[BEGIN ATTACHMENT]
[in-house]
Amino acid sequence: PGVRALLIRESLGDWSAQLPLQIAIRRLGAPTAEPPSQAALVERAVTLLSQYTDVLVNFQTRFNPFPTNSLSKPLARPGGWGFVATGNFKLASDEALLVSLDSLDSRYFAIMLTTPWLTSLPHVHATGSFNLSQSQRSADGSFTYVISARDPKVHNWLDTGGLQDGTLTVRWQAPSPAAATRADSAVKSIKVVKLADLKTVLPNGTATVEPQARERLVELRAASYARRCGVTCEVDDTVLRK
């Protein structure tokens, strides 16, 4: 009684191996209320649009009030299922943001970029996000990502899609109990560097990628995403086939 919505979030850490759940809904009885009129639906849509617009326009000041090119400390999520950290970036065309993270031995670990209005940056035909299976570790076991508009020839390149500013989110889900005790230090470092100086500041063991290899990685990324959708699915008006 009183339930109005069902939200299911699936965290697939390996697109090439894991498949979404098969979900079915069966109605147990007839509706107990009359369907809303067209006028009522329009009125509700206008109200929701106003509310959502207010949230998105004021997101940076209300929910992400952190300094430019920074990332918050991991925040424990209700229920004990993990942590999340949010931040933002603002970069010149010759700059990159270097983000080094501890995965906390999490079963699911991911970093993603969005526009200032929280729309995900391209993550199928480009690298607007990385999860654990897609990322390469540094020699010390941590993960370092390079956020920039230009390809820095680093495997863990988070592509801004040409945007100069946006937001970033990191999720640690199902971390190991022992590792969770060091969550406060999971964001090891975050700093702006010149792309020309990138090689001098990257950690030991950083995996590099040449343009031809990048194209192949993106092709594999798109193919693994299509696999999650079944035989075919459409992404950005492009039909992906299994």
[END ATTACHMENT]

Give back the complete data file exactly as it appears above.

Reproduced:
[in-house]
Amino acid sequence: PGVRALLIRESLGDWSAQLPLQIAIRRLGAPTAEPPSQAALVERAVTLLSQYTDVLVNFQTRFNPFPTNSLSKPLARPGGWGFVATGNFKLASDEALLVSLDSLDSRYFAIMLTTPWLTSLPHVHATGSFNLSQSQRSADGSFTYVISARDPKVHNWLDTGGLQDGTLTVRWQAPSPAAATRADSAVKSIKVVKLADLKTVLPNGTATVEPQARERLVELRAASYARRCGVTCEVDDTVLRK
């Protein structure tokens, strides 16, 4: 009684191996209320649009009030299922943001970029996000990502899609109990560097990628995403086939 919505979030850490759940809904009885009129639906849509617009326009000041090119400390999520950290970036065309993270031995670990209005940056035909299976570790076991508009020839390149500013989110889900005790230090470092100086500041063991290899990685990324959708699915008006 009183339930109005069902939200299911699936965290697939390996697109090439894991498949979404098969979900079915069966109605147990007839509706107990009359369907809303067209006028009522329009009125509700206008109200929701106003509310959502207010949230998105004021997101940076209300929910992400952190300094430019920074990332918050991991925040424990209700229920004990993990942590999340949010931040933002603002970069010149010759700059990159270097983000080094501890995965906390999490079963699911991911970093993603969005526009200032929280729309995900391209993550199928480009690298607007990385999860654990897609990322390469540094020699010390941590993960370092390079956020920039230009390809820095680093495997863990988070592509801004040409945007100069946006937001970033990191999720640690199902971390190991022992590792969770060091969550406060999971964001090891975050700093702006010149792309020309990138090689001098990257950690030991950083995996590099040449343009031809990048194209192949993106092709594999798109193919693994299509696999999650079944035989075919459409992404950005492009039909992906299994």